Employers will welcome a tribunal decision that damages for failure to allow a chosen companion at a disciplinary hearing should be nominal where the companion was within the permitted statutory categories but unsuitable for other reasons.

In 2013 the EAT in Toal v GB Oils Ltd ruled that an employee had an unfettered statutory right to be accompanied to a disciplinary hearing by their chosen companion, provided that the companion was an employed trade union official, a certified trade union official or a colleague. Originally Acas guidance had suggested that, in relation to the entitlement to make a 'reasonable request' for a companion, a request would be unreasonable if the chosen companion was unsuitable, for example if they had a conflict of interest or were at a geographically remote location. This guidance was amended to reflect Toal, although Acas acknowledged at the time that “if the worker’s choice was designed to disrupt the process then the remedy for the employer’s breach of their right by refusing their choice of companion, might only be nominal. Moreover, there may also be a limited impact on any subsequent unfair dismissal case, as an employer’s refusal to allow an employee to be accompanied by their companion of choice would not necessarily make the dismissal procedurally unfair nor necessarily lead to any uplift in any compensation awarded.”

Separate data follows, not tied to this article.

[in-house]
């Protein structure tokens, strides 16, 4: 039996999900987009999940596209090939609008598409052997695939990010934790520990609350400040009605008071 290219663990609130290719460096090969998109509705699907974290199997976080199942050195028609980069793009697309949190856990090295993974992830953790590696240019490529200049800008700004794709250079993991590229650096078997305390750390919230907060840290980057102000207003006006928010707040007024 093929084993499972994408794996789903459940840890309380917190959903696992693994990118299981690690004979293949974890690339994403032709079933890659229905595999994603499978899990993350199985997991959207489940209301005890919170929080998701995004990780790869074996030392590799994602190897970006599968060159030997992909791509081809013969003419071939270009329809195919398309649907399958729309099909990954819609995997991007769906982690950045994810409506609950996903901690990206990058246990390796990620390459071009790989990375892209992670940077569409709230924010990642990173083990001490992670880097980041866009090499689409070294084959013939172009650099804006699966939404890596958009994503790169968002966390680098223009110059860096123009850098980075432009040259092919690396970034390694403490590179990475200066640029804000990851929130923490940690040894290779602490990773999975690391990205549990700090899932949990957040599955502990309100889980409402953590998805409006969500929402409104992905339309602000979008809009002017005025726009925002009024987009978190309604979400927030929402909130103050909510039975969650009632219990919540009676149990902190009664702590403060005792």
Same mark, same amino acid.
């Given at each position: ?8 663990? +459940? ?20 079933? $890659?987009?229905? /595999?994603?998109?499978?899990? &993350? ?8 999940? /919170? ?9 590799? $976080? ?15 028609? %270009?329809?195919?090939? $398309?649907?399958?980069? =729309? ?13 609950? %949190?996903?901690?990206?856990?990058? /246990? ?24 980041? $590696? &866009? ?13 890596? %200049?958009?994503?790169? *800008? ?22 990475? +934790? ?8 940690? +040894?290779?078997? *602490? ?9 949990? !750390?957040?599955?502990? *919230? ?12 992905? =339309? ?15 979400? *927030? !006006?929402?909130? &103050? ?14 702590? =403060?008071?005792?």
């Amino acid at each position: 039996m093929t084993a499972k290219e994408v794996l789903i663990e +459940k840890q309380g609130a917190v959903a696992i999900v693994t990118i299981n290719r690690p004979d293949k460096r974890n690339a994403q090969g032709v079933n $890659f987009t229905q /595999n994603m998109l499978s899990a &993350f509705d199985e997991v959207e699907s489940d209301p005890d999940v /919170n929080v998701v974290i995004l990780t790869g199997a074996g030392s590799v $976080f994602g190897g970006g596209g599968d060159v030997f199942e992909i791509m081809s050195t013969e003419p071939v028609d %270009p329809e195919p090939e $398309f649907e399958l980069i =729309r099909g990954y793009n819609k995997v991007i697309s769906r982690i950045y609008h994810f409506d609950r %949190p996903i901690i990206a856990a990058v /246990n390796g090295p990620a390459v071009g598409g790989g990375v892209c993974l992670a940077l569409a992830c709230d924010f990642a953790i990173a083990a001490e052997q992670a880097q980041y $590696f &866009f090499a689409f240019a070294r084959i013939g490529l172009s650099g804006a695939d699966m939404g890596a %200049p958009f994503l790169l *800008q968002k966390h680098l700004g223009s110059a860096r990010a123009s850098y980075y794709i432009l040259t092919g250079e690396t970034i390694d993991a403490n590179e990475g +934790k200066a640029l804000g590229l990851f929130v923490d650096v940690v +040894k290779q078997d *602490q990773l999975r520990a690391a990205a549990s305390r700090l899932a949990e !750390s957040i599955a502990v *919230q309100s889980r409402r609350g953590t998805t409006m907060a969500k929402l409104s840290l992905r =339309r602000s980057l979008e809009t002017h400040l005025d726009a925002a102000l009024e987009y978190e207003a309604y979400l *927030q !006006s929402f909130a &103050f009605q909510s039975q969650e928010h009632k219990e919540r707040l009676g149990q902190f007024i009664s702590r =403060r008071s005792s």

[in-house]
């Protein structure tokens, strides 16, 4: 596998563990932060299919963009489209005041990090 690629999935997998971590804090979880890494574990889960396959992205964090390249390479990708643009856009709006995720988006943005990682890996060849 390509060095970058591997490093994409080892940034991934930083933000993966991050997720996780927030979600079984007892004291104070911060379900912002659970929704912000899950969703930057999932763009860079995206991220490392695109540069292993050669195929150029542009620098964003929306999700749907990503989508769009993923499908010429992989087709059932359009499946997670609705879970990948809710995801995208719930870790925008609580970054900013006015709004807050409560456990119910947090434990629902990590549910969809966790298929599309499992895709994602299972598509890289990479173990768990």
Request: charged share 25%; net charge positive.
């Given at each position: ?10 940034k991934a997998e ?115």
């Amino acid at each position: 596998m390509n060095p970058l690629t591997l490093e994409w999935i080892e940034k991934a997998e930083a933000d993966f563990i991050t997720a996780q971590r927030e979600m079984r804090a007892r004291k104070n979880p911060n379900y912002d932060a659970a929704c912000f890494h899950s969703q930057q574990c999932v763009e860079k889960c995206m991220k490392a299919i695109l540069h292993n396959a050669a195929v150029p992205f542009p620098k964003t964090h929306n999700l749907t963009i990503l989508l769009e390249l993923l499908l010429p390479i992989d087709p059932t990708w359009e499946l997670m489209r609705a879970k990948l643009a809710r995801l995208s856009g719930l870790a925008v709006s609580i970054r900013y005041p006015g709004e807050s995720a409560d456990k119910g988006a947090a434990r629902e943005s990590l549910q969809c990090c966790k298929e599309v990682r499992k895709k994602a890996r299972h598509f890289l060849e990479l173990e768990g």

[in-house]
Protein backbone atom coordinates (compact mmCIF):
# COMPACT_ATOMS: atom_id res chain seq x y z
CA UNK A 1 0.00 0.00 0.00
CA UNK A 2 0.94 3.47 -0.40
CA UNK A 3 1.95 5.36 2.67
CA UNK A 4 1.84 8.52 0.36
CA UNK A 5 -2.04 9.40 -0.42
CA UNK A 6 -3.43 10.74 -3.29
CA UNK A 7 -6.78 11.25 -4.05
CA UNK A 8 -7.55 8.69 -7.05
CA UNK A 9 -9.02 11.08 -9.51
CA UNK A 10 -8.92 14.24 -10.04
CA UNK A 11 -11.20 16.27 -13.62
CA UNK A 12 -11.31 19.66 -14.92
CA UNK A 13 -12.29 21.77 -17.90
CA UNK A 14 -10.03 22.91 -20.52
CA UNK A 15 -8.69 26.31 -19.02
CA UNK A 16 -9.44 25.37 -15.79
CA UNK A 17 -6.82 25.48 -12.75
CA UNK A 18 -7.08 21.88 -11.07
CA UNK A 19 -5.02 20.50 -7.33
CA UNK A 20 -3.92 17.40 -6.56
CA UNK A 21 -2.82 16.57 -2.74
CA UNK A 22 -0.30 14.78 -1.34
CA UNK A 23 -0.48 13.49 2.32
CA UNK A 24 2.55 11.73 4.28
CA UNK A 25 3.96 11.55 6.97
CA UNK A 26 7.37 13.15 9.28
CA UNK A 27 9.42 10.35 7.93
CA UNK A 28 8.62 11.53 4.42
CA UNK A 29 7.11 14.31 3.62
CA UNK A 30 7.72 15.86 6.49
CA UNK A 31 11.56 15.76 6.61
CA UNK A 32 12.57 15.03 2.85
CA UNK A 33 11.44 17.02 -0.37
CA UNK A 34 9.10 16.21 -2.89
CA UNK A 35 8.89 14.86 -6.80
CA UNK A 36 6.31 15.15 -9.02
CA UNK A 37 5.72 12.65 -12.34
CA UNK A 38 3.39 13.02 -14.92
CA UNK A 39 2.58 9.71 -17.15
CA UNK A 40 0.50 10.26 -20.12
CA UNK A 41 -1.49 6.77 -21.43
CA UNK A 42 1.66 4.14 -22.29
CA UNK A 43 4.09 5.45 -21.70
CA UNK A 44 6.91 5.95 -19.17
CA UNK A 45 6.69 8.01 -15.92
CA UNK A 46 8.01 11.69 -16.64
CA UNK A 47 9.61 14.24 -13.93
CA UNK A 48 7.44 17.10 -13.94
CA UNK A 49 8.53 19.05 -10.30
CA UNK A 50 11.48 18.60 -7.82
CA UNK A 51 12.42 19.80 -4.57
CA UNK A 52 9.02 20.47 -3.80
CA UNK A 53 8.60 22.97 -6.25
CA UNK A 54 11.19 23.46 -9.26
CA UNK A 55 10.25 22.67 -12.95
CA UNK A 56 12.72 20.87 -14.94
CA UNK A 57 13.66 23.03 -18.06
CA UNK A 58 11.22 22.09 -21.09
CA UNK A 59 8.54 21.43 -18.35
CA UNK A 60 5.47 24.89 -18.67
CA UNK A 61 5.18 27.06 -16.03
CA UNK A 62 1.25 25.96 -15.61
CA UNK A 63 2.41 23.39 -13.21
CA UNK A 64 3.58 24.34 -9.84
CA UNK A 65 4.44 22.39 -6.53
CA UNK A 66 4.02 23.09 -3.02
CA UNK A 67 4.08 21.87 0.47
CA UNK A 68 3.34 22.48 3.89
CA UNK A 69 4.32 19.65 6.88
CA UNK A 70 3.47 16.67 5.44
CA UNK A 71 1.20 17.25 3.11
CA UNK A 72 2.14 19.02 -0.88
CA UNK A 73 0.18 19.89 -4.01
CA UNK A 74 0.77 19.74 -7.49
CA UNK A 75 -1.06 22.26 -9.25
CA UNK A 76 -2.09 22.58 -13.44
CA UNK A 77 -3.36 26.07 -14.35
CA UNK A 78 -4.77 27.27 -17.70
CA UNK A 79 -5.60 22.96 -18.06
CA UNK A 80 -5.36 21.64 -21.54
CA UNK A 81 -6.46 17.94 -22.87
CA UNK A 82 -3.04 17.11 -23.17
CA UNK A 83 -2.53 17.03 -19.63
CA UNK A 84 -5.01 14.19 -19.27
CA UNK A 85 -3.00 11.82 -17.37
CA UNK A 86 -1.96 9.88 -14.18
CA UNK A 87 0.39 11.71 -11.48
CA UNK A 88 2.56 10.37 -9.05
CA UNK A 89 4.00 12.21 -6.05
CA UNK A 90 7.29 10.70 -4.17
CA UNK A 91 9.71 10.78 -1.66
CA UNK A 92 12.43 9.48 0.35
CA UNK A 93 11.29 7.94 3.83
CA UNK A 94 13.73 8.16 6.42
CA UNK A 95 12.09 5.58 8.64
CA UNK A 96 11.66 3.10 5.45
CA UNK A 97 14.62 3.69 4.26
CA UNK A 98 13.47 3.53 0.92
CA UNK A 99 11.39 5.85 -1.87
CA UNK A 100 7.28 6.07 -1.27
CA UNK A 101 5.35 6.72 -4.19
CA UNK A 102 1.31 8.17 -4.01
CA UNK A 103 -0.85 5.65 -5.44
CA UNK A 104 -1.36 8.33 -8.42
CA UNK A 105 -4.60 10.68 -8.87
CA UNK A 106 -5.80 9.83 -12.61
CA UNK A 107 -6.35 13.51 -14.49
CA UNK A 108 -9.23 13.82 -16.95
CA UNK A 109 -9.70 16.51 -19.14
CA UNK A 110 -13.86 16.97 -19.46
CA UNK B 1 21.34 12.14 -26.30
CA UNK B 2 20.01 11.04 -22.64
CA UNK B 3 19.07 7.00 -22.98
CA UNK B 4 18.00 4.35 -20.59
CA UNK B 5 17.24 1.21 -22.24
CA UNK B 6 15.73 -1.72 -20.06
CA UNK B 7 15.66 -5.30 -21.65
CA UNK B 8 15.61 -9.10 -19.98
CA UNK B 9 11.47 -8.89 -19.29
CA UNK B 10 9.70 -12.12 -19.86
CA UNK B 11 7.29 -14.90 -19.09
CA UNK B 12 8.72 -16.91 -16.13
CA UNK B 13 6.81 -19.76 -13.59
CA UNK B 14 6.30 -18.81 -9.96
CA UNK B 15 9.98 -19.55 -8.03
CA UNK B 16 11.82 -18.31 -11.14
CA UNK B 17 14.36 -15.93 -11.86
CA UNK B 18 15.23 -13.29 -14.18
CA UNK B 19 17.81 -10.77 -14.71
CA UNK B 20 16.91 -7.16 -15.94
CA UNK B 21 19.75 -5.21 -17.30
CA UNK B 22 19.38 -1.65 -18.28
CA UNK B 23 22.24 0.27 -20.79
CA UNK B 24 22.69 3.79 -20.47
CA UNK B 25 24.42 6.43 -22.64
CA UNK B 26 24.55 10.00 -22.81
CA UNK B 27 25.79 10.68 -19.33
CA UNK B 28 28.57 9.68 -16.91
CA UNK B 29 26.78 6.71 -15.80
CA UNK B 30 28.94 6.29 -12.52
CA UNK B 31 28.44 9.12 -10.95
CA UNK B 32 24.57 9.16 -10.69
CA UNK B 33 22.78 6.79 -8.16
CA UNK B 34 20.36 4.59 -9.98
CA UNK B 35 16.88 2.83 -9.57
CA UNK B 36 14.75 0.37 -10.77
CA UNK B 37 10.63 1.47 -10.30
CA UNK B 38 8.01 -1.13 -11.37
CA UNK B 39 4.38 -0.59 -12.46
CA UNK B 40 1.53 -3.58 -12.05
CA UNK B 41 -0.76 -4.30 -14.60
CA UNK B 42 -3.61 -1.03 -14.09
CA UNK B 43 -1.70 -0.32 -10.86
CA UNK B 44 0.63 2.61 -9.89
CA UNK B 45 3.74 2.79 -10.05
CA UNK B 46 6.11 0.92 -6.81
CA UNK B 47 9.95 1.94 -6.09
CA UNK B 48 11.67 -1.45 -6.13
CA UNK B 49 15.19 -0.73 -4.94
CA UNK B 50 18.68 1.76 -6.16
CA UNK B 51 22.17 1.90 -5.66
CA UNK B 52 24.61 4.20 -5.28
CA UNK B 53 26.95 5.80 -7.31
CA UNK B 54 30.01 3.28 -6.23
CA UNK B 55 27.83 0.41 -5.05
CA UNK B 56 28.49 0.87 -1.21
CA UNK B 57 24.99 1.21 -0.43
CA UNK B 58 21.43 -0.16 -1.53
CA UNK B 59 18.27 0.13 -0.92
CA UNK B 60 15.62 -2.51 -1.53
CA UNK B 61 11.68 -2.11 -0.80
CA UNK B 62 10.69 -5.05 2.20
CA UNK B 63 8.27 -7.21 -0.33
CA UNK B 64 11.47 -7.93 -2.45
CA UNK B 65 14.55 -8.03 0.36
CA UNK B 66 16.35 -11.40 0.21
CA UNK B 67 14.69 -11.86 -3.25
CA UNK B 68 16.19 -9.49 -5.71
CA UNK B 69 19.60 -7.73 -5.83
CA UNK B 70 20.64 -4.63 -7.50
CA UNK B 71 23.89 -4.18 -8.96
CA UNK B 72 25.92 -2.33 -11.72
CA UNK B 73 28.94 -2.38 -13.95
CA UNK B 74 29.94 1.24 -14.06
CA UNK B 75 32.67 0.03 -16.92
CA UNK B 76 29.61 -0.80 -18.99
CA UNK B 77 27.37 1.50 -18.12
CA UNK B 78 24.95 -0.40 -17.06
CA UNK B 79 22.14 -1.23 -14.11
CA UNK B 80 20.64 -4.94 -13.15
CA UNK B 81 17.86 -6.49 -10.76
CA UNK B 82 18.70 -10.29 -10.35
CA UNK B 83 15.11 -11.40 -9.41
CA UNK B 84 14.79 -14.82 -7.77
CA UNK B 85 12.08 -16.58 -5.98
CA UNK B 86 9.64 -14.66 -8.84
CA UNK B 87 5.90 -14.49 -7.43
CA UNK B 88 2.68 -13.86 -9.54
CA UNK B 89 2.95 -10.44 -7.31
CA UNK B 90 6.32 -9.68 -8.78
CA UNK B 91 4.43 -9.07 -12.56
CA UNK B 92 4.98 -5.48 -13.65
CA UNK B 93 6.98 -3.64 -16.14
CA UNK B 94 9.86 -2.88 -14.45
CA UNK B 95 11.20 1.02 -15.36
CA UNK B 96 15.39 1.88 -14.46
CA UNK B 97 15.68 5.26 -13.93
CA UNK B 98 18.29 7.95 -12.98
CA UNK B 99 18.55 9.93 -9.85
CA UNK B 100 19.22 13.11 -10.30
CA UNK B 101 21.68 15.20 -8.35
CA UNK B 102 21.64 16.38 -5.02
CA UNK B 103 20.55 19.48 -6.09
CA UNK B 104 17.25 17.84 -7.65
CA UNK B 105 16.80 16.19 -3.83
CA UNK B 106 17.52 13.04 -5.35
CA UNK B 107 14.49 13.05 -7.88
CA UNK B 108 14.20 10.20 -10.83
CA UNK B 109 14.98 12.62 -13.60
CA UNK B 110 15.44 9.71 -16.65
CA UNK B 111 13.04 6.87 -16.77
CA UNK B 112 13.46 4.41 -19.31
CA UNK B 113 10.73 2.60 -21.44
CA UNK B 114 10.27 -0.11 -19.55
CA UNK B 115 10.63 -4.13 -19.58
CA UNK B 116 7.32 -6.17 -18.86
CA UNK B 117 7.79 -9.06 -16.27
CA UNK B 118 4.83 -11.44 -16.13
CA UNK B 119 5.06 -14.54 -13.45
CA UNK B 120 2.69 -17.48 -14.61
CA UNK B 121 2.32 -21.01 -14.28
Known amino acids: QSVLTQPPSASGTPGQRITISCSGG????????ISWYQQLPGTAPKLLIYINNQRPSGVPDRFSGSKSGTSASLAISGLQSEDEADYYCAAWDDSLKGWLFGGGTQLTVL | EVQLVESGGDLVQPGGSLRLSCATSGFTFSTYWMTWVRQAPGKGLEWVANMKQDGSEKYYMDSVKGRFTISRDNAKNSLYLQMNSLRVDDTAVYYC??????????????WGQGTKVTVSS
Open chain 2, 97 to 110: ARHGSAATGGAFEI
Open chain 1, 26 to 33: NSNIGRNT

The recent tribunal decision in Gnahoua v Abellio London Ltd confirms that nominal damages may be appropriate in such cases: there, an award of only £2 was made for denial of the statutory right to a companion, where the chosen union officials had engaged in vexatious and dishonest conduct. As the employer had conducted the disciplinary hearing in a considerate and thorough fashion, going through his arguments and taking into account his long service, Mr Gnahoua had not suffered any loss or detriment.